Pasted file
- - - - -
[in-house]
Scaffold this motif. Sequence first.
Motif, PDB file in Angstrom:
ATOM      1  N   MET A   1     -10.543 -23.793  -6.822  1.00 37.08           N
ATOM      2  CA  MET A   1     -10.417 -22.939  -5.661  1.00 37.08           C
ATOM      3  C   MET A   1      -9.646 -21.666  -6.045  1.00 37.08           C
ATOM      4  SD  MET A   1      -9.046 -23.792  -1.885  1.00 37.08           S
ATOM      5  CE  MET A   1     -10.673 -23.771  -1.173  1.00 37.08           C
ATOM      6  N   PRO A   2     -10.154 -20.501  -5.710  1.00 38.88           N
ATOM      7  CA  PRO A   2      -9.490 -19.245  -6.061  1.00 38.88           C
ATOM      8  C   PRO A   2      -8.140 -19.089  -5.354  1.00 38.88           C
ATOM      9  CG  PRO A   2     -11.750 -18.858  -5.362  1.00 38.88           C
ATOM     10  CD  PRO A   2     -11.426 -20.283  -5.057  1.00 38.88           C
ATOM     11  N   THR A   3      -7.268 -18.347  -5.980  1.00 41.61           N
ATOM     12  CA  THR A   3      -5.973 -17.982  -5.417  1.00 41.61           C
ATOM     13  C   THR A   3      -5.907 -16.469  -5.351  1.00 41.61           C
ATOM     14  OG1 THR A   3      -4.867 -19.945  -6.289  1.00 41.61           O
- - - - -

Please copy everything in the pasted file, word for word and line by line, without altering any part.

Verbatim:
[in-house]
Scaffold this motif. Sequence first.
Motif, PDB file in Angstrom:
ATOM      1  N   MET A   1     -10.543 -23.793  -6.822  1.00 37.08           N
ATOM      2  CA  MET A   1     -10.417 -22.939  -5.661  1.00 37.08           C
ATOM      3  C   MET A   1      -9.646 -21.666  -6.045  1.00 37.08           C
ATOM      4  SD  MET A   1      -9.046 -23.792  -1.885  1.00 37.08           S
ATOM      5  CE  MET A   1     -10.673 -23.771  -1.173  1.00 37.08           C
ATOM      6  N   PRO A   2     -10.154 -20.501  -5.710  1.00 38.88           N
ATOM      7  CA  PRO A   2      -9.490 -19.245  -6.061  1.00 38.88           C
ATOM      8  C   PRO A   2      -8.140 -19.089  -5.354  1.00 38.88           C
ATOM      9  CG  PRO A   2     -11.750 -18.858  -5.362  1.00 38.88           C
ATOM     10  CD  PRO A   2     -11.426 -20.283  -5.057  1.00 38.88           C
ATOM     11  N   THR A   3      -7.268 -18.347  -5.980  1.00 41.61           N
ATOM     12  CA  THR A   3      -5.973 -17.982  -5.417  1.00 41.61           C
ATOM     13  C   THR A   3      -5.907 -16.469  -5.351  1.00 41.61           C
ATOM     14  OG1 THR A   3      -4.867 -19.945  -6.289  1.00 41.61           O